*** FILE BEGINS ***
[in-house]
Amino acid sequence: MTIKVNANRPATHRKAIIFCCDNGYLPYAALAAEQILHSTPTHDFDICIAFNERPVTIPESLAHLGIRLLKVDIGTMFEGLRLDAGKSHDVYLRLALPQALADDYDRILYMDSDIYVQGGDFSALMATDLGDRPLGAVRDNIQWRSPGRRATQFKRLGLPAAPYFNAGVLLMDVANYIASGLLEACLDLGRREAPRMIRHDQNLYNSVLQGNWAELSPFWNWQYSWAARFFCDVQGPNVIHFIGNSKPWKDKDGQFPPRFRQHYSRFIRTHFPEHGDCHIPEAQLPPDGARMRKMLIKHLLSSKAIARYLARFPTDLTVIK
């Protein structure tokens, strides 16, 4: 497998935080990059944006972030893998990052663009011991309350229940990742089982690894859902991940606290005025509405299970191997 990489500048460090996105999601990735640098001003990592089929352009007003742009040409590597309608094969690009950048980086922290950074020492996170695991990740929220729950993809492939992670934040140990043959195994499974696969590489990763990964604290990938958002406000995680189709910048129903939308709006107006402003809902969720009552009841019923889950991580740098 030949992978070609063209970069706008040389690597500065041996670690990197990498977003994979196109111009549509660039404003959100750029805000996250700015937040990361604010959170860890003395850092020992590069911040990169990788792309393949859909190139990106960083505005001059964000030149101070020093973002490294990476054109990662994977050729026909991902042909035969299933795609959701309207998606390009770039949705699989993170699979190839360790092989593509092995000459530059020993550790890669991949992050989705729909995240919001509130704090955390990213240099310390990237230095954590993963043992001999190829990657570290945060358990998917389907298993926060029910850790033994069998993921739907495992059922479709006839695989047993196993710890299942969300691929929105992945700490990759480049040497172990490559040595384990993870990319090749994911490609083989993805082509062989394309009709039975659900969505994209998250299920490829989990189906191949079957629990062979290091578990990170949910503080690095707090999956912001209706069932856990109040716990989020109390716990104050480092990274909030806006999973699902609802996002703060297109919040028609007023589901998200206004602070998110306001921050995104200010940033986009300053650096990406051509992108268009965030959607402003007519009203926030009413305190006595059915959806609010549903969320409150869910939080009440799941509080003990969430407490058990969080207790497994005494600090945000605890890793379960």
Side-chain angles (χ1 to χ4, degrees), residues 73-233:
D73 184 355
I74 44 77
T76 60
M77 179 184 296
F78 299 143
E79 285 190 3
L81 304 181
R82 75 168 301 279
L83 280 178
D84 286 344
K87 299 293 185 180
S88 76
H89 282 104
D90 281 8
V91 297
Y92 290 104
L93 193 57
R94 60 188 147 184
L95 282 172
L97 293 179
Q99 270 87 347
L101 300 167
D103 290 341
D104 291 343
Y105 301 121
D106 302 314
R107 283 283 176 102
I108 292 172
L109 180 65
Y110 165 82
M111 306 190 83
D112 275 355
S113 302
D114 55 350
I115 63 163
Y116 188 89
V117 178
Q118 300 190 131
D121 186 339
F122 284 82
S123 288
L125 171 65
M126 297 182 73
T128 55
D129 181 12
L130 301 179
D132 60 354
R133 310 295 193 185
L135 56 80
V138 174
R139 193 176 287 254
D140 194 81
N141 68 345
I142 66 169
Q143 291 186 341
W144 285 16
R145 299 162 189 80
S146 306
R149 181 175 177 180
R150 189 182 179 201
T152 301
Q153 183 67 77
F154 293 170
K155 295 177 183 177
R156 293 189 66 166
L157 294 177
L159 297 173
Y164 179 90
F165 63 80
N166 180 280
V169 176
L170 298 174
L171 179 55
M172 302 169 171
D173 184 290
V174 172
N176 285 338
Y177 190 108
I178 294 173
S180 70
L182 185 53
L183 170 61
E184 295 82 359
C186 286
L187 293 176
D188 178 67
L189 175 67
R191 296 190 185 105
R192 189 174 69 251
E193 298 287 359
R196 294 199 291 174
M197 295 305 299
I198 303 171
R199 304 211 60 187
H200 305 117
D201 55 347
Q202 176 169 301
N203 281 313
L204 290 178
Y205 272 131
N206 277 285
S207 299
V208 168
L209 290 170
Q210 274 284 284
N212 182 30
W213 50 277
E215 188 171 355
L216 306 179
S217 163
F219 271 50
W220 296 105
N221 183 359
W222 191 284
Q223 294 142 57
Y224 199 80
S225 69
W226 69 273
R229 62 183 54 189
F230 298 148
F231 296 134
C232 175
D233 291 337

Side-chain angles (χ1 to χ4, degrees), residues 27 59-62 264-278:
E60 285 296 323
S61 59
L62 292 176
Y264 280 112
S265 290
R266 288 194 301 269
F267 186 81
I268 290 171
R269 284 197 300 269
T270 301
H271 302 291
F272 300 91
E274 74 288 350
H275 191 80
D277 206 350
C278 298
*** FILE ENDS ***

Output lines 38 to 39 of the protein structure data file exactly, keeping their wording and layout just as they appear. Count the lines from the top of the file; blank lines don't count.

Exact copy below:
D114 55 350
I115 63 163